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Volume 23, Number 10, Wednesday, March 14, 2018

Fort to

get full time fire fighters

An additional $8 million for the fight against rural crime was good news this week. More resources are needed in this as in so many things in Alberta.

But I don't agree that rural crime is on the rise.

Crime cannot be measured by police reports. Many crimes — possibly even most crimes — are not reported. Police statistics on everything from speeding tickets to domestic violence can rise quickly following a just few high-profile incidents or even better police enforcement.

The only reliable crime statistic is the murder rate, because murders are almost always reported. Canada's murder rate is lower today than it was in the 1960s. It dropped 20 years ago, and has remained low ever since.

Even if you disagree with my logic, there are few facts to back up the argument that rural crime is on the rise. Reported Canadian rural crime rates are actually unchanged and reported thefts and break ins remain lower than in cities.

The cause of the recent uproar over rural crime is clearly the attention put on the death of Colten Boushie and the recent acquittal of Gerald Stanley.

Many rural residents can see themselves in the same position as Stanley, and therefore naturally defend him.

Urban residents are equally traumatized by break-ins. The feeling is completely understandable.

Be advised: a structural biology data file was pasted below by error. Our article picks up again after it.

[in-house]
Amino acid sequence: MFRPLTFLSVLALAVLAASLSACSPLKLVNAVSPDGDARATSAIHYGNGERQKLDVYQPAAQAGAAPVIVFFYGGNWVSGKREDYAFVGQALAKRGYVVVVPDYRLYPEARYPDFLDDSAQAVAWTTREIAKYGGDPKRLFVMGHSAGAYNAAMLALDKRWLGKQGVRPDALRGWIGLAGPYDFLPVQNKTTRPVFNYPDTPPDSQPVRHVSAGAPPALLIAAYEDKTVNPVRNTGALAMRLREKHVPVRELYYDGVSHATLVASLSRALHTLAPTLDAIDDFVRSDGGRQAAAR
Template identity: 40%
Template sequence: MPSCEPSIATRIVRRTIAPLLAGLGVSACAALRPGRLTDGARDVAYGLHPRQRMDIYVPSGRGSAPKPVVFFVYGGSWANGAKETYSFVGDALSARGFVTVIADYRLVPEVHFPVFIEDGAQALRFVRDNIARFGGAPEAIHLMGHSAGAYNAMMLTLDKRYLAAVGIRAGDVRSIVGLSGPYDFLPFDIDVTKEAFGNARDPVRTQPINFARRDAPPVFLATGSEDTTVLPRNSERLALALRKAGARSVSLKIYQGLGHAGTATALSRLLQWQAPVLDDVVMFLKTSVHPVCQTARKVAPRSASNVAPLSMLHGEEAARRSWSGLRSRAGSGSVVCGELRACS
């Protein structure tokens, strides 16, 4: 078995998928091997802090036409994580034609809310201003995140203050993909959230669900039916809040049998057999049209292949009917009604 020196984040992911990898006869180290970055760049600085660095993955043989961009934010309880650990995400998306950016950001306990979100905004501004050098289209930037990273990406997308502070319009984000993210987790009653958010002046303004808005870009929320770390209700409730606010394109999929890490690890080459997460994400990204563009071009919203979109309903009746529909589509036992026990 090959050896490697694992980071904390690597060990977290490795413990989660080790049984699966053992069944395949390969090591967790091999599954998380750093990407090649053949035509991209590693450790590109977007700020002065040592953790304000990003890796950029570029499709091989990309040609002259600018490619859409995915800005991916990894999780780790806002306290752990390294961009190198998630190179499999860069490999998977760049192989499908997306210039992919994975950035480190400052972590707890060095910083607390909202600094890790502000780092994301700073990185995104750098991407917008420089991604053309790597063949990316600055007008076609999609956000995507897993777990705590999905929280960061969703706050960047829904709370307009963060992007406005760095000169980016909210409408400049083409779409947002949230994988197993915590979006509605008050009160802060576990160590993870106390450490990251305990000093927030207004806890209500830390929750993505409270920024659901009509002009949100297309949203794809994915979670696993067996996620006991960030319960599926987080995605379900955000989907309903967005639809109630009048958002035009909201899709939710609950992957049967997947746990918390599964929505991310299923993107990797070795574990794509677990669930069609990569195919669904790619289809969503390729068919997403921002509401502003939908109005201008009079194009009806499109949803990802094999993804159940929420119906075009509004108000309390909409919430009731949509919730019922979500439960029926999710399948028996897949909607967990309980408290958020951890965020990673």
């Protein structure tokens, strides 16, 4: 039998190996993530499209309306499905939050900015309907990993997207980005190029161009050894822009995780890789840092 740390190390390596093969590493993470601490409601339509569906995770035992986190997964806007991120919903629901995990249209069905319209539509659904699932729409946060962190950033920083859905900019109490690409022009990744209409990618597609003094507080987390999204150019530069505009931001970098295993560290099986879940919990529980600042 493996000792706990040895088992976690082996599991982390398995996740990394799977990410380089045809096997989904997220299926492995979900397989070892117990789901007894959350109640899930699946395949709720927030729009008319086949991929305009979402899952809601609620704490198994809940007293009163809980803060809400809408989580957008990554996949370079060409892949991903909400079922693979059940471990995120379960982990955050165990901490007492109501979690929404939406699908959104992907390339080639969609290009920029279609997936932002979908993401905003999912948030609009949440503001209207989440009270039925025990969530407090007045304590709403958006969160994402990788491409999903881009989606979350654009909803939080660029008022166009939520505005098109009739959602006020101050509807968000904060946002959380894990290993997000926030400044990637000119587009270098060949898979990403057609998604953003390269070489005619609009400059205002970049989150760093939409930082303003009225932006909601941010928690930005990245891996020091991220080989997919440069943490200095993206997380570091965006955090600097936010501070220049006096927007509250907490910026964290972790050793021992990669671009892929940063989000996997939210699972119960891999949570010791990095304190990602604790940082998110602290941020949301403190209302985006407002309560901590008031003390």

But it is an emotional response. It is not based on fact or reason and it is not reasonable. We are all pretty safe today.

The best response is to stay calm. Make your property more secure with better locks, cameras and alarms if that helps you feel better. Better still would be to join the local  Rural Crime Watch or get to know your neighbours better.

Wednesday, March 14, 2018

Music festival wraps up on SundayNEWS/Entries/2018/3/14_Music_festival_wraps_up_on_Sunday.html

Rural crime an emotional issue

Nine full time firefighter positions will be added to Fort Saskatchewan's department, City Council decided Tuesday.

The increase will cost $1.5 million, but is needed, Fire Chief Shawn McKerry told Council. His analysis of fire service since he took over last year shows the average time for the first fire truck to arrive at the fire scene to be 17 minutes and three seconds.

That isn't even close to the expected standard of 10 minutes, and it is due mainly to the time taken for on-call volunteer firefighters just to get to the fire hall, he said.

The information shocked Council members, especially when it was revealed that a 2008 study warned that response times were already slipping even then.

"I'm actually embarrassed," said Mayor Gale Katchur. "It's been 10 years. The population has grown by 70 per cent and we haven't progressed in this.

"I wish this report had come to my attention years ago."

The new full time firefighters will put enough staff at the hall to fill one fire truck at all times day or night, McKerry said. On-call volunteers will still be used to staff additional trucks for major incidents.

The cost of the proposal was a concern to Councillor Brian Kelly. "I think we're opening up a pit here," he said, noting that a fully staffed full time fire department will cost even more than the $3.7 million budget now proposed for the Fort Saskatchewan fire department.

Wednesday, March 14, 2018